Dear Sony–


This is one of your longtime fans.  I play only one of your games, but it is your flagship product, EverQuest.  Well, it should be your flagship product, but quite frankly it is feeling a bit neglected, and that is the reason for my letter today.


I’d like to offer my condolences (or whatever is appropriate) for the suffering you’re going through right now thanks to the malevolent hackers who led you to taking down your entire gaming network.  That makes me sad, and not just because I haven’t been able to play EQ for over a week now.  There are millions of people who are suffering as I am, wanting to play whatever their favorite SOE game is but cannot.  When the attack’s effects are finally mitigated, when the security holes are patched, when the games finally come back online, you’re going to have some other problems to deal with.  I am sure one or two of my EQ friends will vanish into the ether, but for you there will be a lot of former SOE game players who will not return.


Not all hope is lost, however.  I have heard rumors you’re offering everybody a free month.  That will be costly, but it will help keep a few folks around.  I am sure you’re also lining up gifts and bonus experience times and other such things to please the folks who do, in fact, choose to return to your games.  To this end, I have a few ideas.


I will confess, my ideas are biased.  They are all about EverQuest.  The simple fact is that you have, in my opinion and I believe the opinions of quite a few others, neglected this game, the game which, as I see it, launched an entire industry of games.  Something like EQ was inevitable, I suppose, but it was specifically EverQuest that made the online gaming revolution happen.  World of Warcraft and its clones and pretty much every online game out there owes their success to EverQuest.  Sure, WoW probably would have happened anyway, but the folks at Blizzard–no few probably former EverQuest players–learned from your mistakes and successes.  They took the best elements of EQ and a few other games, added their own little spice and called it good, and in short order it was very popular.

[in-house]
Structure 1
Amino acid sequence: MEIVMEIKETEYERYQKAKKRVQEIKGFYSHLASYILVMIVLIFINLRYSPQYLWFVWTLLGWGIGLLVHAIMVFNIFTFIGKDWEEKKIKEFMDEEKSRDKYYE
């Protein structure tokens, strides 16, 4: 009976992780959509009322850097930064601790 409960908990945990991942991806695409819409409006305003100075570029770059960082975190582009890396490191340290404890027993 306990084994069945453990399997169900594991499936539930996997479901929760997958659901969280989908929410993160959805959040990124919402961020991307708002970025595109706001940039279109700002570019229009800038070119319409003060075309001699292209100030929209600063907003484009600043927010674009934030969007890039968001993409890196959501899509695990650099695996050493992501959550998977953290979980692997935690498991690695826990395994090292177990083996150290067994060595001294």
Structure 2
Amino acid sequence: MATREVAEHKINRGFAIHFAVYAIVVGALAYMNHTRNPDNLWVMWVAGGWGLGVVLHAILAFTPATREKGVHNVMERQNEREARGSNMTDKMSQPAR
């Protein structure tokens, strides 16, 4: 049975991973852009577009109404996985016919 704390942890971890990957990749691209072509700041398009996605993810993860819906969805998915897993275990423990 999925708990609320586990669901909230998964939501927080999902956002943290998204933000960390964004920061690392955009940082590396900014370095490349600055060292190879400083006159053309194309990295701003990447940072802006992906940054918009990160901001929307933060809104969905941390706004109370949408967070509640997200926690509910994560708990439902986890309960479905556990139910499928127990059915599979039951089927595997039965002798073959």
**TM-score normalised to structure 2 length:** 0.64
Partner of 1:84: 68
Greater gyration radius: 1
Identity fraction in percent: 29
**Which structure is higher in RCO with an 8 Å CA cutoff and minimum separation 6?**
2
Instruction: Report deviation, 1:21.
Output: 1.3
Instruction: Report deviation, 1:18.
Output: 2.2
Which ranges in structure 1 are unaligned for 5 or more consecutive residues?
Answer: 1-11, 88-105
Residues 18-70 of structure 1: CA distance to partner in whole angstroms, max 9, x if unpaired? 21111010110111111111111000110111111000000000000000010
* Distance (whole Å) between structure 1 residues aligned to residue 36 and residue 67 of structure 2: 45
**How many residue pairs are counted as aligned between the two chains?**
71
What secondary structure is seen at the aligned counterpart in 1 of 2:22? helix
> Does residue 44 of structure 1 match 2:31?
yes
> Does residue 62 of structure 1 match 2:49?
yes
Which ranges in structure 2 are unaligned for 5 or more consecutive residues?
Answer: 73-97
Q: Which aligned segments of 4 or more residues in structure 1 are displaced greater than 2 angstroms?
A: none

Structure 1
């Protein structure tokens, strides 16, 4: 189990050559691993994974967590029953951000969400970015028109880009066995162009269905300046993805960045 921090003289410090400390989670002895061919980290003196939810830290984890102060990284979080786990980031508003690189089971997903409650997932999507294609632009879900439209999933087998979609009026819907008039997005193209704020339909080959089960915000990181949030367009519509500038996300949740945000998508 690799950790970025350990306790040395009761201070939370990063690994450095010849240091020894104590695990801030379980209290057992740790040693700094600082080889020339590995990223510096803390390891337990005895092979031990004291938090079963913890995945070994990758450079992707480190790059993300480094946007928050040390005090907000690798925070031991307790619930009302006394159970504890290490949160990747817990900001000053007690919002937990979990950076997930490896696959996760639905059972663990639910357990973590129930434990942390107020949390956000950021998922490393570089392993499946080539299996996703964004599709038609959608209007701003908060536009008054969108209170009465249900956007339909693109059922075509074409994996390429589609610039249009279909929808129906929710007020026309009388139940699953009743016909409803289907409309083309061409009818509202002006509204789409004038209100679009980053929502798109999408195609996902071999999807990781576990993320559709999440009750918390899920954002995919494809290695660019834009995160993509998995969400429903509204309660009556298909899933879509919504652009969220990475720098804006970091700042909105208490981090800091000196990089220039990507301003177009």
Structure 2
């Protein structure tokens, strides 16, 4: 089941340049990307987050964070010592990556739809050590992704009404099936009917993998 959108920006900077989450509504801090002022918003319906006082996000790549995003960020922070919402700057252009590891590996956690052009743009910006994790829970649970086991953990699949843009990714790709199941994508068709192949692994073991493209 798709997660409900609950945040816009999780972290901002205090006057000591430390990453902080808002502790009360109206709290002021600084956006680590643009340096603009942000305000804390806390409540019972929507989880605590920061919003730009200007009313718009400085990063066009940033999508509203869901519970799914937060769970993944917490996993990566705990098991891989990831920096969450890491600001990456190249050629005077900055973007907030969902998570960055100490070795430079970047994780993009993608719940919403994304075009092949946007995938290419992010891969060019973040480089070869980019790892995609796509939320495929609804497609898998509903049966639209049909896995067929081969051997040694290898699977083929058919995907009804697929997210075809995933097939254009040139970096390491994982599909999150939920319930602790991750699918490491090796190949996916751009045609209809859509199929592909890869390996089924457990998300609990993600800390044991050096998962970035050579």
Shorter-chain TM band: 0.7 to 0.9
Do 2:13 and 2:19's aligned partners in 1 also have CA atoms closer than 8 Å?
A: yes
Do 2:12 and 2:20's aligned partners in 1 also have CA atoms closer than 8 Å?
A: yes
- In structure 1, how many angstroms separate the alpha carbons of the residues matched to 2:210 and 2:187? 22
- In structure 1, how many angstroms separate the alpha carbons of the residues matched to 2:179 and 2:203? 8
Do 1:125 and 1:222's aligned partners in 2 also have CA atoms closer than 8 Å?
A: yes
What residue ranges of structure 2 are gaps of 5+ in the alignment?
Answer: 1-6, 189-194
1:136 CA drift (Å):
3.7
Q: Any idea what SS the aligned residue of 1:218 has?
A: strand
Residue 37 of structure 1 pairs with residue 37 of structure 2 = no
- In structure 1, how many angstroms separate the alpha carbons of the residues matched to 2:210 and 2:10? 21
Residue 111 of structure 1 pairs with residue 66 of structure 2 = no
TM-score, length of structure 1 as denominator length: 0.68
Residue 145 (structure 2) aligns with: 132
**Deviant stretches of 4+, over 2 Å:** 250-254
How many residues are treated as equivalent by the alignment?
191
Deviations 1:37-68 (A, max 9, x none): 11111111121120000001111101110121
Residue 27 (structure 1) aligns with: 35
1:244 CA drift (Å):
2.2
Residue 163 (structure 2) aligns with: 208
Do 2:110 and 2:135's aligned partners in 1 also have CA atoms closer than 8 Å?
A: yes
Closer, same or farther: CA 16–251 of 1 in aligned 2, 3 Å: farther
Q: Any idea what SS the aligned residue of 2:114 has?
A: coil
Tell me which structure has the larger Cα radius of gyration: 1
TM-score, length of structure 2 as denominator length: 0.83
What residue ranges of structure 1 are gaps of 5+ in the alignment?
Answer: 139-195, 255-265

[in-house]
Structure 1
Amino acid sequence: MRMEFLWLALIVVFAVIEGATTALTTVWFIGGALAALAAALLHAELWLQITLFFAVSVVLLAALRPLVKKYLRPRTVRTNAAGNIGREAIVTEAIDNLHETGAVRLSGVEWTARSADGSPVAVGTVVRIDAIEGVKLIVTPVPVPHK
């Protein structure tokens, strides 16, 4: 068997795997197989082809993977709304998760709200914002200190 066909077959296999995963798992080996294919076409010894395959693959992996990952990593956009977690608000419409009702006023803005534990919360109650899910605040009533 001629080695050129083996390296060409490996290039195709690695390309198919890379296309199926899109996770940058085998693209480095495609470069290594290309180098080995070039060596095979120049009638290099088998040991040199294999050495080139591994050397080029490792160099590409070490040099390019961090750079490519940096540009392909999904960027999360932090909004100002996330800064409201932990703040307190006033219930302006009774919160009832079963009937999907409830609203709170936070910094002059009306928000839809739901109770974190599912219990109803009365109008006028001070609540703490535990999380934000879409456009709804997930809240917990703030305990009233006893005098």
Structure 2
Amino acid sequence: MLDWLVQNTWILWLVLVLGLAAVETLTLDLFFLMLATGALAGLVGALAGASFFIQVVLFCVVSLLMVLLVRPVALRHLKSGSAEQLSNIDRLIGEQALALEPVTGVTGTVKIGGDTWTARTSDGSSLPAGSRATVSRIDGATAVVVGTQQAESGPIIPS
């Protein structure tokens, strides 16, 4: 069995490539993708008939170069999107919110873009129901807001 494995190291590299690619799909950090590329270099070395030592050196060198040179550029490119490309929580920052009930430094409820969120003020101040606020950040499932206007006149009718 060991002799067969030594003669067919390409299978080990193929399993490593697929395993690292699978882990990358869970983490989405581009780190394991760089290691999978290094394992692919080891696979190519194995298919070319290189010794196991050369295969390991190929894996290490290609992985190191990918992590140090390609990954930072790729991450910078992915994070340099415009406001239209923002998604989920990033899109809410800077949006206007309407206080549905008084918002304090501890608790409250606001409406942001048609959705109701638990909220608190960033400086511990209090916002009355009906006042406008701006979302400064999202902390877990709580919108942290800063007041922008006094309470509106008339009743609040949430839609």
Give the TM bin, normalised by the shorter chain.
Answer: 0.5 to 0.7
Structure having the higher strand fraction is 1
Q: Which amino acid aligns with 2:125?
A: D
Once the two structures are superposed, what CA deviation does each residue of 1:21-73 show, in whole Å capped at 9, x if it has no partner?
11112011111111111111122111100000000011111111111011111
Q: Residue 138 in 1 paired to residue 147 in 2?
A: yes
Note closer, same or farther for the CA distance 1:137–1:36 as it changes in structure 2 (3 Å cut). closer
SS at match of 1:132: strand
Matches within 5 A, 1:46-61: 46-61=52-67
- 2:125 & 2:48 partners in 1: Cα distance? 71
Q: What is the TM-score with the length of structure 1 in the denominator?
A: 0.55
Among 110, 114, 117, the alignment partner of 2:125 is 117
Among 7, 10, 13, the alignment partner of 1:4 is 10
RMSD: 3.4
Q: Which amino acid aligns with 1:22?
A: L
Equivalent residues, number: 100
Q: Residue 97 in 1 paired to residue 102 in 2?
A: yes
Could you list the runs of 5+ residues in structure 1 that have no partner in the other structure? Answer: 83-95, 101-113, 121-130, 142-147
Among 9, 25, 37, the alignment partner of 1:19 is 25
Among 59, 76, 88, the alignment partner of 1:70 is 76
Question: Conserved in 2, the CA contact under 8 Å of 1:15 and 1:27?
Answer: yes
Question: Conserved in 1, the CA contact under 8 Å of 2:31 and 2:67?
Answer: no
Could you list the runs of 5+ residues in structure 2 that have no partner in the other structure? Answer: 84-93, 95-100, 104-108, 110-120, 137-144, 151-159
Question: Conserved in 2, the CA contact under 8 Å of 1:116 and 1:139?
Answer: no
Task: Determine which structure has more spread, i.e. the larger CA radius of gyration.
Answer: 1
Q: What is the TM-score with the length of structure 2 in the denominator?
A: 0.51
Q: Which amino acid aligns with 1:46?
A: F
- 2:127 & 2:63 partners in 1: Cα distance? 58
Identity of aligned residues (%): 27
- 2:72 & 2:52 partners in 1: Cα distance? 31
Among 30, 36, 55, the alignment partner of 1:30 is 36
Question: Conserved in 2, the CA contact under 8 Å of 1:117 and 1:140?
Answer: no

You’re aware of this last part, I know.  WoW competes against a few of your games.  EverQuest may never reach the popularity it once had, much less overtake WoW, but that doesn’t mean it can’t gain a little ground.  Devote some more resources to your flagship, and great things will happen.  EverQuest is a dozen years old, and in the gaming world it is showing its age.  Give it a makeover.  World of Warcraft’s biggest selling point over EverQuest is, sad as it may be, eye candy.  Yes, I know, that means creating a new graphics engine, and that’s rough.  However, there’s a lot of play-for-free WoW clones out there who have amazing graphics.  If they can do it and then let people in without a cover charge, surely you guys can do that and better.